Mayor John Cooper diverts Gulch-SoBro bridge funding to transportation, public works projects

Mayor John Cooper
Mayor John Cooper speaks at his inauguration event Sept. 28 at Stratford STEM Magnet High School. Dylan Skye Aycock/Community Impact Newspaper

Mayor John Cooper speaks at his inauguration event Sept. 28 at Stratford STEM Magnet High School. Dylan Skye Aycock/Community Impact Newspaper

Mayor John Cooper announced Oct. 31 his plan to invest nearly $18 million in neighborhood infrastructure projects by reallocating capital spending funds previously dedicated to a pedestrian bridge connecting The Gulch and South Broadway.

More than two-thirds of the available $17.8 million will be dedicated to other bridge and culvert projects, while the remaining $4 million will go towards bikeways, traffic calming, emergency road work and other city needs.


“When $18 million for the SoBro-Gulch Pedestrian Bridge was allocated in 2013, that amount represented 100% of the funding for bridge repair and construction for the entire 2014 fiscal year," Cooper said. "Currently, [Metro Nashville] Public Works estimates that $131 million is needed to repair and replace our bridges and culverts. Now is the time for responsible spending to address our most critical infrastructure needs and focus on the safety and priorities that impact all of Nashville’s neighborhoods.”

According to Cooper, the unspent $17.8 million of the dedicated $18 million for the pedestrian bridge will instead fund the following projects throughout Davidson County:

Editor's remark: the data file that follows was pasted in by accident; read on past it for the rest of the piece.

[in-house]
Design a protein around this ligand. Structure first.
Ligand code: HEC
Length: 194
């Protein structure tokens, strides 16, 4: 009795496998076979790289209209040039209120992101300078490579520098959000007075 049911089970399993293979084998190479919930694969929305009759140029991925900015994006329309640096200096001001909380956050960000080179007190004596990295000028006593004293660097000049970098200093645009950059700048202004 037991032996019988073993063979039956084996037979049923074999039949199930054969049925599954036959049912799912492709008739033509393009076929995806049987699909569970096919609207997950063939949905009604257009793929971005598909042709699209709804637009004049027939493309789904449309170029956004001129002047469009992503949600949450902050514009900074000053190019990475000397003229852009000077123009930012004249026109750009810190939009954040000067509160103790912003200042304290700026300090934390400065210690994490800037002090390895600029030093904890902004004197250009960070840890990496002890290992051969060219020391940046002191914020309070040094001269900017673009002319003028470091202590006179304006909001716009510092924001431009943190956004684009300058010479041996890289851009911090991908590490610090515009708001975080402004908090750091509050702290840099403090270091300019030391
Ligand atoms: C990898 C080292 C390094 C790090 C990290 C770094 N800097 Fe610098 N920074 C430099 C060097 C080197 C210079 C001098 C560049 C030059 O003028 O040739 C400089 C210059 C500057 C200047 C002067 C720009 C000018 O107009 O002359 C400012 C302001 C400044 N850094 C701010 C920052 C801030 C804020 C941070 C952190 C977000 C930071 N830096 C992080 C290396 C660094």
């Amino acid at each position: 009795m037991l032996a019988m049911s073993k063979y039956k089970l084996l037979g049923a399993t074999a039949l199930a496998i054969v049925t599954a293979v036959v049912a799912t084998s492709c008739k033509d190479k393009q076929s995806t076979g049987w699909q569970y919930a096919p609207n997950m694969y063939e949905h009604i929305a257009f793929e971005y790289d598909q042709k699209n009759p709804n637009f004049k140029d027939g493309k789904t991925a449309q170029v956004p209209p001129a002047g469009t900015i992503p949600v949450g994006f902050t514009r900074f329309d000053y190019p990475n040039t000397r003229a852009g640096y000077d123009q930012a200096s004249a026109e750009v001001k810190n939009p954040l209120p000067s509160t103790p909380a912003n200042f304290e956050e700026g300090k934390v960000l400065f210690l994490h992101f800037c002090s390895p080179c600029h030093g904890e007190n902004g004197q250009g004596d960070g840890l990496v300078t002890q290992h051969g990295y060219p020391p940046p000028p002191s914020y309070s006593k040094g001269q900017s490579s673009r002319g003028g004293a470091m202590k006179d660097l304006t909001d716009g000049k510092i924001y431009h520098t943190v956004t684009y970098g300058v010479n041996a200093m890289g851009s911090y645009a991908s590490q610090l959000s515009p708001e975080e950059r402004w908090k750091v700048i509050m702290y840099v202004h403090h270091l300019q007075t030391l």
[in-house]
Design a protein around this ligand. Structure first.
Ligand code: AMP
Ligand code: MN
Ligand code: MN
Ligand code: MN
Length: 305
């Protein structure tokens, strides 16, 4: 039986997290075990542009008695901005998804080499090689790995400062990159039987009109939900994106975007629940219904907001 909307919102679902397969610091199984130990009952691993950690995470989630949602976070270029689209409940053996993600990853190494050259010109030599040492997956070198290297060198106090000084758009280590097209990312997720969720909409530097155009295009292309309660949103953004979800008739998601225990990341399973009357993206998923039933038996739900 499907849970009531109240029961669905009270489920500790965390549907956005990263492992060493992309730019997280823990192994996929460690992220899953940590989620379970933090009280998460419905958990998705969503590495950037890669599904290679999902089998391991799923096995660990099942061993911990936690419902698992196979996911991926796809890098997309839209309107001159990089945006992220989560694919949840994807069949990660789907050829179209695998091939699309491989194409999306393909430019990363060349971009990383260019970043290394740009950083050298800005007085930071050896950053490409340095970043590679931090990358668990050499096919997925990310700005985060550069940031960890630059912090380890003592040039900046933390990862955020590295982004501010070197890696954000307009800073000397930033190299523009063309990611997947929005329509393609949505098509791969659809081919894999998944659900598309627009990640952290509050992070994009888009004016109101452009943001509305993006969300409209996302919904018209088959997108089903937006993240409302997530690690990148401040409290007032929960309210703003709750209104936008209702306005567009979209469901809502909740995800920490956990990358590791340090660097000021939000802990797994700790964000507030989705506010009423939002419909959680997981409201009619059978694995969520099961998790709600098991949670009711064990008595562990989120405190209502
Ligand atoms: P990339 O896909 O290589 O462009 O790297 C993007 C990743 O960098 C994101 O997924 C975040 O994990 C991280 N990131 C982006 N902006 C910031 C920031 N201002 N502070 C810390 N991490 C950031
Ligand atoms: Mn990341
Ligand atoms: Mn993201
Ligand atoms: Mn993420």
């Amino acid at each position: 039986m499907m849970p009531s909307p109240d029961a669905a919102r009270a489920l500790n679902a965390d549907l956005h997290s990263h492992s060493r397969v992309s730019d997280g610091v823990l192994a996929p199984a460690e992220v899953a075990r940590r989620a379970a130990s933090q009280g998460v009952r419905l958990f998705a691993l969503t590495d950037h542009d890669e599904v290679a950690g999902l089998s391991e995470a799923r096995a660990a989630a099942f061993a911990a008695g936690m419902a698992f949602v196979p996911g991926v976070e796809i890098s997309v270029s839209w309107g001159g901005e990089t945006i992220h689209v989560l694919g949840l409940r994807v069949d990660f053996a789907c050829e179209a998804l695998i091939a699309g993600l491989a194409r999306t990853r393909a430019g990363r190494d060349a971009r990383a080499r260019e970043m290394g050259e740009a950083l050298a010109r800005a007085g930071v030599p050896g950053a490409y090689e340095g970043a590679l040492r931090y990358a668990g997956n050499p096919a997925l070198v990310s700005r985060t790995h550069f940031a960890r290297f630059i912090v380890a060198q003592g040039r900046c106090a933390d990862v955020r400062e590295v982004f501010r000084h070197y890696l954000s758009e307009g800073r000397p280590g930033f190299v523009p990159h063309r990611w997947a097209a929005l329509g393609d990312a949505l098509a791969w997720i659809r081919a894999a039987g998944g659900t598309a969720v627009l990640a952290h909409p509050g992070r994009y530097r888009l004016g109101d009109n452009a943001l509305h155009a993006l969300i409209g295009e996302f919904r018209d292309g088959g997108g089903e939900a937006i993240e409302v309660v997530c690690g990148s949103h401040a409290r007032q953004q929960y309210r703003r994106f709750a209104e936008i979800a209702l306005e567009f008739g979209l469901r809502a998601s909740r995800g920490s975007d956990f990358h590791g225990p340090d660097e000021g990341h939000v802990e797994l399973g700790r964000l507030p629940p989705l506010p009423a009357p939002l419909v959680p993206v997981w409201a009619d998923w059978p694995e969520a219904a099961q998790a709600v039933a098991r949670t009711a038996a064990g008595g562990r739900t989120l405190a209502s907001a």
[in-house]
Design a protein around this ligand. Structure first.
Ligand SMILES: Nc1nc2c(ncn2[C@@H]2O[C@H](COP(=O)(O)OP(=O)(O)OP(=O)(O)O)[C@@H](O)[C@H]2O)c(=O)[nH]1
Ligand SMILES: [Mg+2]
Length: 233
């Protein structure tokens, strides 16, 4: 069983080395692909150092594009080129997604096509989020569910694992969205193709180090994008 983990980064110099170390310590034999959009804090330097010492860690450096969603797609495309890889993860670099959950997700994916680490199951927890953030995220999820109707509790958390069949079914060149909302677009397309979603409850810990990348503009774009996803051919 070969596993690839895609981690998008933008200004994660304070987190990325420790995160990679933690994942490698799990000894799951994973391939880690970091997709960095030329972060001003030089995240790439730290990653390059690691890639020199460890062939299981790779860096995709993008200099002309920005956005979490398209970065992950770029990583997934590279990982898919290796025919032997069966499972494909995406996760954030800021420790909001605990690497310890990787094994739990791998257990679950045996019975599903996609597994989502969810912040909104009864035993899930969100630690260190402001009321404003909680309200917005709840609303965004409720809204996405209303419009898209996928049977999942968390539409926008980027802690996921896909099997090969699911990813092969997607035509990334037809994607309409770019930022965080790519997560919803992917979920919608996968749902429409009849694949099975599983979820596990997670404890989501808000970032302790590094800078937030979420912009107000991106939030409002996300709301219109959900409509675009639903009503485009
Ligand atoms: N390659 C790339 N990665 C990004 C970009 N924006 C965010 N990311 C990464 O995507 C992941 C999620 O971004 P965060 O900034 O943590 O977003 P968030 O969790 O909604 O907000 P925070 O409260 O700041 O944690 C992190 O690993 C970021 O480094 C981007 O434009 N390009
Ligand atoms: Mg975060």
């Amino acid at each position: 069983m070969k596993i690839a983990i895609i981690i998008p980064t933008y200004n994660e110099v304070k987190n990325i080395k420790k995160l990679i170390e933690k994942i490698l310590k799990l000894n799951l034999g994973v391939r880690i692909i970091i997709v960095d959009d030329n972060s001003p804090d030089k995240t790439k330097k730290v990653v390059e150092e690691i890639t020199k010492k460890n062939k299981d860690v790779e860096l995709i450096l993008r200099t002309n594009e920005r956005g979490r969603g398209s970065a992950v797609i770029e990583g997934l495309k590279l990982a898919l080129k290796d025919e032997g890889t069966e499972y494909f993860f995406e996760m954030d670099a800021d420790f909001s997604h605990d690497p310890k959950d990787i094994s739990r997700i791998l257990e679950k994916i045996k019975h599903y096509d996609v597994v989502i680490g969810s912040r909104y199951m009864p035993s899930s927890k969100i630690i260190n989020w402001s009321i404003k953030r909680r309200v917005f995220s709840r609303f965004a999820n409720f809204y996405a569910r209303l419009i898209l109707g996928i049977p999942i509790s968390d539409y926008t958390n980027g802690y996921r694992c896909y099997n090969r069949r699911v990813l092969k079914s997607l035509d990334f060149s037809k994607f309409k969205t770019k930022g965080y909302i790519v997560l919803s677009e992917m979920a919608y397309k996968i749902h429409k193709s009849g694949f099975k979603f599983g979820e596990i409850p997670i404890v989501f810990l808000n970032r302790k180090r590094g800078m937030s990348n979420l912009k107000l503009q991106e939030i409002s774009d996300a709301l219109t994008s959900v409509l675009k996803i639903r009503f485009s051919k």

• $13.63 million will fund bridge and culvert projects in 24 council districts, which Cooper said are ranked in order of urgency by MNPW. More than 50 other projects will also receive funding.

  • $660,000 will be dedicated to replacing the Shelby Bottoms Greenway Pedestrian Bridge in East Nashville. The bridge has been closed due to structural damage.

  • $1.5 million will fund traffic calming projects.

  • $750,000 will be dedicated to bikeways.

  • $500,000 will be dedicated to new trash and recycling containers.

  • $410,000 will be dedicated to emergency roadway work.

  • $500,000 will be dedicated to street lighting maintenance, repair and replacement.


“We need a long-term solution for connectivity in the Gulch and throughout our neighborhoods,” Cooper said. “Bikeways and walkways certainly help advance our connectivity goals, and there may be a time when we revisit the concept of a Gulch pedestrian bridge. But this reallocation of funds allows us to get to work on shovel-ready projects throughout our neighborhoods with residents’ safety and critical infrastructure priorities in mind.”


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